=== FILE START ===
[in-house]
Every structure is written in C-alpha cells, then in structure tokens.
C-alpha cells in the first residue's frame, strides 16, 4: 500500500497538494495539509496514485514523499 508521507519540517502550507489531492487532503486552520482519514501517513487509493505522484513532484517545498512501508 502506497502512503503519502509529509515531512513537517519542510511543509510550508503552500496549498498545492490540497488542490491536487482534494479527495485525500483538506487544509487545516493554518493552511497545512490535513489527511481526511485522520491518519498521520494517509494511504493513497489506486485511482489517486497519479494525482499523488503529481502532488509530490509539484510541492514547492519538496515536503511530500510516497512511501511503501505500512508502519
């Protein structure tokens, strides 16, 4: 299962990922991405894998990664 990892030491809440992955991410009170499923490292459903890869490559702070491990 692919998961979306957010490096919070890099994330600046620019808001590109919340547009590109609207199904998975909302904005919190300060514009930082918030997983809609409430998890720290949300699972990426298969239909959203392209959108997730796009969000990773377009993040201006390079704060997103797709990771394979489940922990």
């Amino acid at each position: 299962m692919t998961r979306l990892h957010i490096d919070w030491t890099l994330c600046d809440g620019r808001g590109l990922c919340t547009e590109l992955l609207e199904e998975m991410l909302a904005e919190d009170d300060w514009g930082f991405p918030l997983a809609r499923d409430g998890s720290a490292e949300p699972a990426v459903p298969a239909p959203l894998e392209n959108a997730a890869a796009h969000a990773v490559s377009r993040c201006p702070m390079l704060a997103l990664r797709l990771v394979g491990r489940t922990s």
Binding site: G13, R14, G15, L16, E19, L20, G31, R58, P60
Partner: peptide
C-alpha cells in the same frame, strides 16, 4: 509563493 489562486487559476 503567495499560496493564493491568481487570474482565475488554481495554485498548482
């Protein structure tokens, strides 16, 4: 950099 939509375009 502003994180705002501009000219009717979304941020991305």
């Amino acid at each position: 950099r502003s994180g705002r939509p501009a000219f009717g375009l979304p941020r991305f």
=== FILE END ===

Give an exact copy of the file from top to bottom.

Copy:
[in-house]
Every structure is written in C-alpha cells, then in structure tokens.
C-alpha cells in the first residue's frame, strides 16, 4: 500500500497538494495539509496514485514523499 508521507519540517502550507489531492487532503486552520482519514501517513487509493505522484513532484517545498512501508 502506497502512503503519502509529509515531512513537517519542510511543509510550508503552500496549498498545492490540497488542490491536487482534494479527495485525500483538506487544509487545516493554518493552511497545512490535513489527511481526511485522520491518519498521520494517509494511504493513497489506486485511482489517486497519479494525482499523488503529481502532488509530490509539484510541492514547492519538496515536503511530500510516497512511501511503501505500512508502519
């Protein structure tokens, strides 16, 4: 299962990922991405894998990664 990892030491809440992955991410009170499923490292459903890869490559702070491990 692919998961979306957010490096919070890099994330600046620019808001590109919340547009590109609207199904998975909302904005919190300060514009930082918030997983809609409430998890720290949300699972990426298969239909959203392209959108997730796009969000990773377009993040201006390079704060997103797709990771394979489940922990």
């Amino acid at each position: 299962m692919t998961r979306l990892h957010i490096d919070w030491t890099l994330c600046d809440g620019r808001g590109l990922c919340t547009e590109l992955l609207e199904e998975m991410l909302a904005e919190d009170d300060w514009g930082f991405p918030l997983a809609r499923d409430g998890s720290a490292e949300p699972a990426v459903p298969a239909p959203l894998e392209n959108a997730a890869a796009h969000a990773v490559s377009r993040c201006p702070m390079l704060a997103l990664r797709l990771v394979g491990r489940t922990s």
Binding site: G13, R14, G15, L16, E19, L20, G31, R58, P60
Partner: peptide
C-alpha cells in the same frame, strides 16, 4: 509563493 489562486487559476 503567495499560496493564493491568481487570474482565475488554481495554485498548482
């Protein structure tokens, strides 16, 4: 950099 939509375009 502003994180705002501009000219009717979304941020991305």
């Amino acid at each position: 950099r502003s994180g705002r939509p501009a000219f009717g375009l979304p941020r991305f």